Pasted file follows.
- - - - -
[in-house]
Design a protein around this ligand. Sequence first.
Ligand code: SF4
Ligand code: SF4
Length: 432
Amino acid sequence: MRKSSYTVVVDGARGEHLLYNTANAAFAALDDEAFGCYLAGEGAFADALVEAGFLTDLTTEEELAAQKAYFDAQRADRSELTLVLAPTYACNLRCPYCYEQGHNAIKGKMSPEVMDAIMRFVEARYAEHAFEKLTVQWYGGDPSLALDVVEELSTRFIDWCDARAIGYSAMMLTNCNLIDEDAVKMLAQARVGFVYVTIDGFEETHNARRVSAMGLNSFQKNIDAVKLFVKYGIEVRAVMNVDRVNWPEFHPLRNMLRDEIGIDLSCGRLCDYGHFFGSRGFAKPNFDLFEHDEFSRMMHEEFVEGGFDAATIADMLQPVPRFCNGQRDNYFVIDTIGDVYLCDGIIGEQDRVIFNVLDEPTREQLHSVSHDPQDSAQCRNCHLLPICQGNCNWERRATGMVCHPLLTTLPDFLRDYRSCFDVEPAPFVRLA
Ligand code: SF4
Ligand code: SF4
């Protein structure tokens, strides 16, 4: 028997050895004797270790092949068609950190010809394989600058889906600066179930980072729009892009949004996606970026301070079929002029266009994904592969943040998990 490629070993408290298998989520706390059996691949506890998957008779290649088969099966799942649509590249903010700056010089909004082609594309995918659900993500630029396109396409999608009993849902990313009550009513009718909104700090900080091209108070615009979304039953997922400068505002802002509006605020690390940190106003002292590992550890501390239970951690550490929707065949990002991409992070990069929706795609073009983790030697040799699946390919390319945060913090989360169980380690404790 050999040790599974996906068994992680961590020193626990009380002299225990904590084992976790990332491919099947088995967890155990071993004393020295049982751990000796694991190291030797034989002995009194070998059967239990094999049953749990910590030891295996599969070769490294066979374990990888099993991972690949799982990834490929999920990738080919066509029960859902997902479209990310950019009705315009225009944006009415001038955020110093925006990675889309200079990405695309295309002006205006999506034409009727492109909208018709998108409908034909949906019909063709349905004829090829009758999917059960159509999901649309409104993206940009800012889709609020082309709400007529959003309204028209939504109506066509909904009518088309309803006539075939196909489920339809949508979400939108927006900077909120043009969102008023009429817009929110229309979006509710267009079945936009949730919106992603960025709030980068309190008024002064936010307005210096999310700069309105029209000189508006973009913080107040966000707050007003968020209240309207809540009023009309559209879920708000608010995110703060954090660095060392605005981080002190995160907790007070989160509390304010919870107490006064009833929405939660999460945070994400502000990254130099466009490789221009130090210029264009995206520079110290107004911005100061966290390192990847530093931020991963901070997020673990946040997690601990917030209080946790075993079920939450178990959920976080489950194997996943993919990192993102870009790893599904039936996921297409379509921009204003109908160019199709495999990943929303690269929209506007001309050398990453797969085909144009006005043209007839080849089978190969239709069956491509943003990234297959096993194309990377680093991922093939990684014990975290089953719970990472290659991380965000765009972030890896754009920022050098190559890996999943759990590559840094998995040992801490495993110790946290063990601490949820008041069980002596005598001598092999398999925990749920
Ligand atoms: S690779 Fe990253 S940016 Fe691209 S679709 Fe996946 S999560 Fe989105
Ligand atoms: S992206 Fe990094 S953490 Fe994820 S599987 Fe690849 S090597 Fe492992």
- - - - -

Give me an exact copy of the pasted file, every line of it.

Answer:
[in-house]
Design a protein around this ligand. Sequence first.
Ligand code: SF4
Ligand code: SF4
Length: 432
Amino acid sequence: MRKSSYTVVVDGARGEHLLYNTANAAFAALDDEAFGCYLAGEGAFADALVEAGFLTDLTTEEELAAQKAYFDAQRADRSELTLVLAPTYACNLRCPYCYEQGHNAIKGKMSPEVMDAIMRFVEARYAEHAFEKLTVQWYGGDPSLALDVVEELSTRFIDWCDARAIGYSAMMLTNCNLIDEDAVKMLAQARVGFVYVTIDGFEETHNARRVSAMGLNSFQKNIDAVKLFVKYGIEVRAVMNVDRVNWPEFHPLRNMLRDEIGIDLSCGRLCDYGHFFGSRGFAKPNFDLFEHDEFSRMMHEEFVEGGFDAATIADMLQPVPRFCNGQRDNYFVIDTIGDVYLCDGIIGEQDRVIFNVLDEPTREQLHSVSHDPQDSAQCRNCHLLPICQGNCNWERRATGMVCHPLLTTLPDFLRDYRSCFDVEPAPFVRLA
Ligand code: SF4
Ligand code: SF4
């Protein structure tokens, strides 16, 4: 028997050895004797270790092949068609950190010809394989600058889906600066179930980072729009892009949004996606970026301070079929002029266009994904592969943040998990 490629070993408290298998989520706390059996691949506890998957008779290649088969099966799942649509590249903010700056010089909004082609594309995918659900993500630029396109396409999608009993849902990313009550009513009718909104700090900080091209108070615009979304039953997922400068505002802002509006605020690390940190106003002292590992550890501390239970951690550490929707065949990002991409992070990069929706795609073009983790030697040799699946390919390319945060913090989360169980380690404790 050999040790599974996906068994992680961590020193626990009380002299225990904590084992976790990332491919099947088995967890155990071993004393020295049982751990000796694991190291030797034989002995009194070998059967239990094999049953749990910590030891295996599969070769490294066979374990990888099993991972690949799982990834490929999920990738080919066509029960859902997902479209990310950019009705315009225009944006009415001038955020110093925006990675889309200079990405695309295309002006205006999506034409009727492109909208018709998108409908034909949906019909063709349905004829090829009758999917059960159509999901649309409104993206940009800012889709609020082309709400007529959003309204028209939504109506066509909904009518088309309803006539075939196909489920339809949508979400939108927006900077909120043009969102008023009429817009929110229309979006509710267009079945936009949730919106992603960025709030980068309190008024002064936010307005210096999310700069309105029209000189508006973009913080107040966000707050007003968020209240309207809540009023009309559209879920708000608010995110703060954090660095060392605005981080002190995160907790007070989160509390304010919870107490006064009833929405939660999460945070994400502000990254130099466009490789221009130090210029264009995206520079110290107004911005100061966290390192990847530093931020991963901070997020673990946040997690601990917030209080946790075993079920939450178990959920976080489950194997996943993919990192993102870009790893599904039936996921297409379509921009204003109908160019199709495999990943929303690269929209506007001309050398990453797969085909144009006005043209007839080849089978190969239709069956491509943003990234297959096993194309990377680093991922093939990684014990975290089953719970990472290659991380965000765009972030890896754009920022050098190559890996999943759990590559840094998995040992801490495993110790946290063990601490949820008041069980002596005598001598092999398999925990749920
Ligand atoms: S690779 Fe990253 S940016 Fe691209 S679709 Fe996946 S999560 Fe989105
Ligand atoms: S992206 Fe990094 S953490 Fe994820 S599987 Fe690849 S090597 Fe492992």